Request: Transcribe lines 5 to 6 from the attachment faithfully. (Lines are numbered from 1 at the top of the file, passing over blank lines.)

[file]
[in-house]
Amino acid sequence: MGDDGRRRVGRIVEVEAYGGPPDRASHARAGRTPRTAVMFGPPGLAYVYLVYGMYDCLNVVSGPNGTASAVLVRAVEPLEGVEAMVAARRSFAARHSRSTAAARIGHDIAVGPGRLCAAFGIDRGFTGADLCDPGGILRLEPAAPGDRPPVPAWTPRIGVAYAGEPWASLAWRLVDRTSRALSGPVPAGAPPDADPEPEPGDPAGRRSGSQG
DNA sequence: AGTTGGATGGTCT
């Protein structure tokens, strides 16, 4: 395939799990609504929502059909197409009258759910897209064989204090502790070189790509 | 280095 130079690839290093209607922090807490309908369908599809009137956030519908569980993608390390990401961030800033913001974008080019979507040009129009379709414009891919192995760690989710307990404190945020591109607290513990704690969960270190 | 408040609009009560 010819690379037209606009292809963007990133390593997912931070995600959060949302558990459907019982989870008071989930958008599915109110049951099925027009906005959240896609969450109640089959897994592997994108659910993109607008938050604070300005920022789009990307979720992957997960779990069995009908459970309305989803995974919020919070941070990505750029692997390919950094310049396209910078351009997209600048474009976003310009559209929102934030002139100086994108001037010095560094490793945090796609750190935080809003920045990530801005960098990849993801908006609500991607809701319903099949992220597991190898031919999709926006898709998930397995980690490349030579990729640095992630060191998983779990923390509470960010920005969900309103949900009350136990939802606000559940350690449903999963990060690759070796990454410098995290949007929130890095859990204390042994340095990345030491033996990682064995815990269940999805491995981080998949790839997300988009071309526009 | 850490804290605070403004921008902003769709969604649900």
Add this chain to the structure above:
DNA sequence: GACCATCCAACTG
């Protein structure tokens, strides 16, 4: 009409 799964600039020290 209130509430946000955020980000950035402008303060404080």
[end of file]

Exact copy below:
Add this chain to the structure above:
DNA sequence: GACCATCCAACTG